SIDENOTE: Before we go forward, perhaps you have questioned my decision to bless the DNC with the mantle of Batman while condemning Trump as Lex Luthor and Russia as the League of Assassins. That’s on purpose, so our hypothetical is consistent with the standard the court will apply when evaluating the initial motions in the case. When a federal court evaluates the allegations made by a plaintiff (such as when a court reviews a motion to dismiss a complaint), it assumes all of the properly-pleaded facts in the plaintiffs’ favor, along with all reasonable inferences that can be drawn from it. The court can (and will) ignore legal conclusions alleged by the plaintiff, as well as “facts” that seem to have no basis, but the court will not try to weigh the facts and decide who is right. Now, back to our hypothetical.
One summer, someone — government investigators and Wayne Enterprises’ cybersecurity firm both say it was likely the League of Assassins, but they don’t have a smoking gun or a confession — succeeds in hacking the company’s computers and stealing a large amount of information, including internal communications, copyrighted materials, and documents that are potentially trade secrets, and they start leaking that information through various channels. The situation is made even more frustrating by what appears to be an unusual amount of coordination with LexCorp and the leaked information, such that at least one consultant for LexCorp appears to have advance knowledge of the stolen information.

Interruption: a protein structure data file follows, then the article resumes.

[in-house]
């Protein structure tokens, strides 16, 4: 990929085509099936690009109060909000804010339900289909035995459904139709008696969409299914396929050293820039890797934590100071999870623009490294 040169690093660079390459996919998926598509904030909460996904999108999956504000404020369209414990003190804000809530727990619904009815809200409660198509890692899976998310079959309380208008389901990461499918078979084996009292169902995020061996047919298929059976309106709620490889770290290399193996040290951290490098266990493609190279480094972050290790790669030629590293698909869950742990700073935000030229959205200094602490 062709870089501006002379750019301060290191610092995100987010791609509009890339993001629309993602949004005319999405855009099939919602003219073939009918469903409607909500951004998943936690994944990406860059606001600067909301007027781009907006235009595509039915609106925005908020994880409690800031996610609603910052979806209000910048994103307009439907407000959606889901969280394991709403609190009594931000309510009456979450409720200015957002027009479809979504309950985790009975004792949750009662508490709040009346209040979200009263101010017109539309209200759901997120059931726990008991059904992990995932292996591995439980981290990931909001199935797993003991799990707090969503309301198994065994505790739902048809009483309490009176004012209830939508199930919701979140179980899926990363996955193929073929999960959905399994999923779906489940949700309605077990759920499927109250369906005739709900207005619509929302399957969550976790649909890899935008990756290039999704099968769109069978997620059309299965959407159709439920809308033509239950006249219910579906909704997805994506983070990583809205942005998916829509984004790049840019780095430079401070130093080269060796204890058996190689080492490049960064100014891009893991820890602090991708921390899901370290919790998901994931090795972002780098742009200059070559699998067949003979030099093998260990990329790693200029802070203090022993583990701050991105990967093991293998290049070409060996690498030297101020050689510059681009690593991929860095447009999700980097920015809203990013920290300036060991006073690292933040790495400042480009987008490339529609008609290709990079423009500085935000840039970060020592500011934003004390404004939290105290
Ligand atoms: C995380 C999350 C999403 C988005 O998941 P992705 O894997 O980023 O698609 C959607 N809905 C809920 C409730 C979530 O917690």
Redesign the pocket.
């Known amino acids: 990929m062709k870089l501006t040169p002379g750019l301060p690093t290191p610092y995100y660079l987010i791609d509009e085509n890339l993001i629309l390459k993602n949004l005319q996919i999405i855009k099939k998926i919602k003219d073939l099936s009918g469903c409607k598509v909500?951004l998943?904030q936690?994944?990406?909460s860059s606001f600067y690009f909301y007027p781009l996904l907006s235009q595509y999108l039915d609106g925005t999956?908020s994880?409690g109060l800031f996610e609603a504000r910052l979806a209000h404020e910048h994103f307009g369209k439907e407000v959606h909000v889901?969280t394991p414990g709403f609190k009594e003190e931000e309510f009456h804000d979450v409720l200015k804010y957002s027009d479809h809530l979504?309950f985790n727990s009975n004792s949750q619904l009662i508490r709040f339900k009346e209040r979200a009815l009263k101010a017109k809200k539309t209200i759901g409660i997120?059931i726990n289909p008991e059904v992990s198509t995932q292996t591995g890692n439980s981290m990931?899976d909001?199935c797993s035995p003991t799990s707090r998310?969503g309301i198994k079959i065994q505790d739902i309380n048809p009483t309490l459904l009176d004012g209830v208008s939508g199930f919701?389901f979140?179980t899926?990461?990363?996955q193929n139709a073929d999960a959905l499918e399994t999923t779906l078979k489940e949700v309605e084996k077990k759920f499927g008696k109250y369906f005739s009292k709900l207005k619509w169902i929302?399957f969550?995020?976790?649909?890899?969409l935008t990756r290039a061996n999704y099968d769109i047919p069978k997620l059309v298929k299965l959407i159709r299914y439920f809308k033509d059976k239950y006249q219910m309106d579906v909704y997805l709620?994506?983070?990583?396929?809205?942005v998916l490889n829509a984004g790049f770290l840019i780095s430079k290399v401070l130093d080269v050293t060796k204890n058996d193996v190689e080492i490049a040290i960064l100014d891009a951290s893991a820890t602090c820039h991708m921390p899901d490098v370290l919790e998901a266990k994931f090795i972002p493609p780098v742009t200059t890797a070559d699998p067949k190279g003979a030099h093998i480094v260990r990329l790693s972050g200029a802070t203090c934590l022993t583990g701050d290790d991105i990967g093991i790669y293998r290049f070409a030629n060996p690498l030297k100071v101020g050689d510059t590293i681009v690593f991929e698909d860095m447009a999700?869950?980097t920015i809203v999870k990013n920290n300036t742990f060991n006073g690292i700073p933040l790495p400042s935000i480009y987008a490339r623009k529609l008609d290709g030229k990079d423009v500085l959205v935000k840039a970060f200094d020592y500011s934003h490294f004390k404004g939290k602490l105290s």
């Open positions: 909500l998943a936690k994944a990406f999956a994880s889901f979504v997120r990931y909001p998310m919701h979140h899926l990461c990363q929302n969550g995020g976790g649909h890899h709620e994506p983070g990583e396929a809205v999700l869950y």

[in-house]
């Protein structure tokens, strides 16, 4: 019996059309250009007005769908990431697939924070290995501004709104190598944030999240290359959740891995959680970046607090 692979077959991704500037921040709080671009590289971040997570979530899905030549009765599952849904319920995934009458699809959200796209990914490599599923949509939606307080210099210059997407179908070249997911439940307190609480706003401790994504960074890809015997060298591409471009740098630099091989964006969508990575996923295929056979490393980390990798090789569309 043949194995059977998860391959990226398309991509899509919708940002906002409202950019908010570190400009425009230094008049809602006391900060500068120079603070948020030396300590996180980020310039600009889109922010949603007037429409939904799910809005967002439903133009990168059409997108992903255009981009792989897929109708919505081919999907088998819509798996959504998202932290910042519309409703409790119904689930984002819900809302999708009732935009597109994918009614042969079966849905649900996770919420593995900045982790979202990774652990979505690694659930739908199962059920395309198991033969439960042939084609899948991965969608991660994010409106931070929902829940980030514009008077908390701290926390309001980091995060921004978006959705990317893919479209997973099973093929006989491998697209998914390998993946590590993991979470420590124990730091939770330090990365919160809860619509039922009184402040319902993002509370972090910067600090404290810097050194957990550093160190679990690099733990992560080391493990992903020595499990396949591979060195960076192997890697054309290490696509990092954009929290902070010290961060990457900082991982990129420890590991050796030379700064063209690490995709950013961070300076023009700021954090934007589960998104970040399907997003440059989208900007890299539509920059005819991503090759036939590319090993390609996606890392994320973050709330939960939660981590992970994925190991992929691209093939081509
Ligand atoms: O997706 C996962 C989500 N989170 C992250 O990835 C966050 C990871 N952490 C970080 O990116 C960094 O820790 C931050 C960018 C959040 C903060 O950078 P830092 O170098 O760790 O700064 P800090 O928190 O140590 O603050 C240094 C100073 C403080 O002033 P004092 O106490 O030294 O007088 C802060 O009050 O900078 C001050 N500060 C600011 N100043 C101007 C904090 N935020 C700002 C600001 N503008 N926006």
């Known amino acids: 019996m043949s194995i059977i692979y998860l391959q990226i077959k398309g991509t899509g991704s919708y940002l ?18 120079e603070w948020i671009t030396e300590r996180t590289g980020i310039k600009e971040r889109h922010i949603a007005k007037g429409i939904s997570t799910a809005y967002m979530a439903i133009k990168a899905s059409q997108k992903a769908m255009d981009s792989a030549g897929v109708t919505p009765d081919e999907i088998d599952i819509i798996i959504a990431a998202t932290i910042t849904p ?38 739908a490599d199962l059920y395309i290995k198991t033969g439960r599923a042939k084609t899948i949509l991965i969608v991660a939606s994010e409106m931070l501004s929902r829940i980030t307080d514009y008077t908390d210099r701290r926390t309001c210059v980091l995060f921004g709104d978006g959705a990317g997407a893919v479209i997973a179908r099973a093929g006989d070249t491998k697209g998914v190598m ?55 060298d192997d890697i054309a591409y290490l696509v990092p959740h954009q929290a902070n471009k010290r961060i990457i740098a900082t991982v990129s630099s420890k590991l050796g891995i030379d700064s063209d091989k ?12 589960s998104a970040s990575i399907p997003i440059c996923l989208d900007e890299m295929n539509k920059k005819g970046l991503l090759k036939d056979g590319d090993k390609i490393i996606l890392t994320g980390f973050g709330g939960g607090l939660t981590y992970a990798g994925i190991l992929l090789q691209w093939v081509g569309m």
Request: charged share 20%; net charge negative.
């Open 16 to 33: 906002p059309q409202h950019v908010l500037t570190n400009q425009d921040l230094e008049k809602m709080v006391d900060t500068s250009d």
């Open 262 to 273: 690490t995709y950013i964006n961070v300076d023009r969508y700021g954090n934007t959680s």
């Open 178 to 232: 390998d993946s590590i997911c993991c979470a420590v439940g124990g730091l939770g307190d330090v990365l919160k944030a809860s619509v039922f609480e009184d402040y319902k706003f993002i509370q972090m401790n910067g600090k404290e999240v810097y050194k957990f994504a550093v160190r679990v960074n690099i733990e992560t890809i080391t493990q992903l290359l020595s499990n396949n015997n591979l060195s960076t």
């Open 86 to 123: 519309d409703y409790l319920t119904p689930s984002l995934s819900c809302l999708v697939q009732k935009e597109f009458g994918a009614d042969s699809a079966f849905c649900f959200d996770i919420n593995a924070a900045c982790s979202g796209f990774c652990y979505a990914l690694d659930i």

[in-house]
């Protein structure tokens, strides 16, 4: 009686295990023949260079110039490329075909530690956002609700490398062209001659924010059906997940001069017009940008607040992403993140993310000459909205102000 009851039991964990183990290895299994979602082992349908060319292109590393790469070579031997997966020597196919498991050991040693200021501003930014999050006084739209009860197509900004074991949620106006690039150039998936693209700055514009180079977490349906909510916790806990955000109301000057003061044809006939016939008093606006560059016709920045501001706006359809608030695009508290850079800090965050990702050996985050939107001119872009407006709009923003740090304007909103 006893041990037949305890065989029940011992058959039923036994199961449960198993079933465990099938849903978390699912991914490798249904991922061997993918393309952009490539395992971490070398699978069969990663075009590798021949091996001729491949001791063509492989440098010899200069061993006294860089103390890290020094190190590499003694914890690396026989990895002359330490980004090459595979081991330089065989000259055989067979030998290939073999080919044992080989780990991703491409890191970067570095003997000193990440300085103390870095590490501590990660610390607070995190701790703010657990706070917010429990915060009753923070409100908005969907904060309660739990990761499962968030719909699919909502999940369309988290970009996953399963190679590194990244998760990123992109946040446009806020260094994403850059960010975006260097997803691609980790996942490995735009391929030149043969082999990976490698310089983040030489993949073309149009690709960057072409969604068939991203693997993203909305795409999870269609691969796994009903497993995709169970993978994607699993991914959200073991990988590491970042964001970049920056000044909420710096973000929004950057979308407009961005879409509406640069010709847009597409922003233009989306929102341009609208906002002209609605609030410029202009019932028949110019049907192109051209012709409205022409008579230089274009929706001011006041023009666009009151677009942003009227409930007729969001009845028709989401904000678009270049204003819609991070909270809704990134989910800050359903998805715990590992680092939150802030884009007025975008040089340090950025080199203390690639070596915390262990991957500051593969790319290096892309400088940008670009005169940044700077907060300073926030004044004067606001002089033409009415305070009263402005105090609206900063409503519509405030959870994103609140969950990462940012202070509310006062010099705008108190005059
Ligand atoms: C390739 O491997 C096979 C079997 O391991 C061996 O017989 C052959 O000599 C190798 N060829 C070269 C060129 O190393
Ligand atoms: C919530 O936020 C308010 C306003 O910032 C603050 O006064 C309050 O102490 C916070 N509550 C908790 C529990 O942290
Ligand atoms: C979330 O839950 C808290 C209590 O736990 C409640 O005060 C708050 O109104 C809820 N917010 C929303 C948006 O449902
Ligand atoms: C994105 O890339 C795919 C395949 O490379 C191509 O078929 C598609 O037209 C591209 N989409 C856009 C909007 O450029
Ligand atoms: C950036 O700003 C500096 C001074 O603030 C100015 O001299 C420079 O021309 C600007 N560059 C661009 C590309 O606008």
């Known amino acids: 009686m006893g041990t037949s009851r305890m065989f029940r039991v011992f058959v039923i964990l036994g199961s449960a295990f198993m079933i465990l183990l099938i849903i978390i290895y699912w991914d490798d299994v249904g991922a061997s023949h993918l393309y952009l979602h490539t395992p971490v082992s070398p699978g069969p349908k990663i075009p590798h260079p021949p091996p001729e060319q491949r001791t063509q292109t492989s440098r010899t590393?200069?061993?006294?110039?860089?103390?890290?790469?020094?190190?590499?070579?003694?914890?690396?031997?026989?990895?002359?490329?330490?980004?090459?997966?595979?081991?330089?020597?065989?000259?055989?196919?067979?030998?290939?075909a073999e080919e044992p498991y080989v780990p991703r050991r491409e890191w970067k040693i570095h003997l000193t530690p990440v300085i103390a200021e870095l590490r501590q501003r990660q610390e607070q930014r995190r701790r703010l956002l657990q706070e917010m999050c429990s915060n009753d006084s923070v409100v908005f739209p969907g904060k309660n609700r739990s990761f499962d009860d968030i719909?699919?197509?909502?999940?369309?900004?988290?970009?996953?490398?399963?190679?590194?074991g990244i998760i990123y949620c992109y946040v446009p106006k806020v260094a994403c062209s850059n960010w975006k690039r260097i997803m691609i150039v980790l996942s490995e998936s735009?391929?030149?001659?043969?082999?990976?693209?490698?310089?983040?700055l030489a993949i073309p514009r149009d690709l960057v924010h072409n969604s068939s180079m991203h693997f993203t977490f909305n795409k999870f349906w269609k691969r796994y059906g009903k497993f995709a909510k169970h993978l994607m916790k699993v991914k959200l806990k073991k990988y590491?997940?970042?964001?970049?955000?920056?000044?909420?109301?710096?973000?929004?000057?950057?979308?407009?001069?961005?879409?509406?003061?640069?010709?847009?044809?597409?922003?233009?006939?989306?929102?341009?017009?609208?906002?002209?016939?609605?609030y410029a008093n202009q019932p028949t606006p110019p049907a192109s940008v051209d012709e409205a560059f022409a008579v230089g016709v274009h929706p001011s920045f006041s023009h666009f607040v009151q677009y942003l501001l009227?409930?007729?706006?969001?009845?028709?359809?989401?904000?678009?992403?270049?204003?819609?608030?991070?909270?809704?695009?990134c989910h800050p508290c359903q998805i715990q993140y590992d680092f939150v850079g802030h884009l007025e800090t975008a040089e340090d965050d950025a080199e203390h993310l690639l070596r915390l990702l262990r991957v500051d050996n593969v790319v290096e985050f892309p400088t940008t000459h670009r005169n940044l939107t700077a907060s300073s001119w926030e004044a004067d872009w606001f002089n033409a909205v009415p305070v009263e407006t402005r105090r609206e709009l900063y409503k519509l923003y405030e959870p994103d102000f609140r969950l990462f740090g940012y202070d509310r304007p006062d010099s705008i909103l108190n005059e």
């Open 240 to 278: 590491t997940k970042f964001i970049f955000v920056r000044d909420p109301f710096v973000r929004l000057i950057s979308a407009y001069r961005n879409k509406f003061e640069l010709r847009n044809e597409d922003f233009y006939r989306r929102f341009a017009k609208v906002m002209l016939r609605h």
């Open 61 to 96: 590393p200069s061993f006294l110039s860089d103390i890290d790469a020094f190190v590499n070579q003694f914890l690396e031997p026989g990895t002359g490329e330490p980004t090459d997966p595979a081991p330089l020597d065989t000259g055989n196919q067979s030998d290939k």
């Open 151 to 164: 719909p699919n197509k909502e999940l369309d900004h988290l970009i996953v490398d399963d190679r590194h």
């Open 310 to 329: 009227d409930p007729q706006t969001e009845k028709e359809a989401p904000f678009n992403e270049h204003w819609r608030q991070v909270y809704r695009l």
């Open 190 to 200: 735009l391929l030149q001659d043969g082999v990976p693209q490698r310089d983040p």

As the next year goes by, Wayne Enterprises learns of pre-existing connections between Lex Luthor and the League of Assassins. They also learn of meetings, emails, and other contacts between LexCorp employees and people associated with the League of Assassins that happened before the hack and which, in parts, suggest knowledge of the hacks. There’s a prosecutor looking into these issues, too — they’ve already filed indictments against multiple LexCorp employees for matters relating to the League of Assassins — but they won’t comment publicly on the status and Wayne Enterprises doesn’t have anything more than anonymously sourced press reports to determine where the investigation is going or when it will conclude.
So what does Wayne Enterprises do? It waits for as much information as it can get until the two year point, when the CFAA and SCA statutes of limitations will run, then it files a lawsuit with essentially the same claims raised by the DNC. It files a pile of claims relating to hacking / cybersecurity, like the Computer Fraud & Abuse Act, the Wiretap Act, the Stored Communications Act, the Virginia Computer Crimes Act, and a couple common law claims for trespass. It also adds claims relating to the specific property taken, like the Digital Millennium Copyright Act, and the federal and Washington D.C. Trade Secrets Acts.
Wayne Enterprises also files a RICO claim for a rather simple reason: because at the moment they don’t even know who actually hacked their servers — the ones the other claims are really aimed at — they just know the people that they believe were in on the conspiracy. One of the people they think is in on the conspiracy is Lex Luther’s son.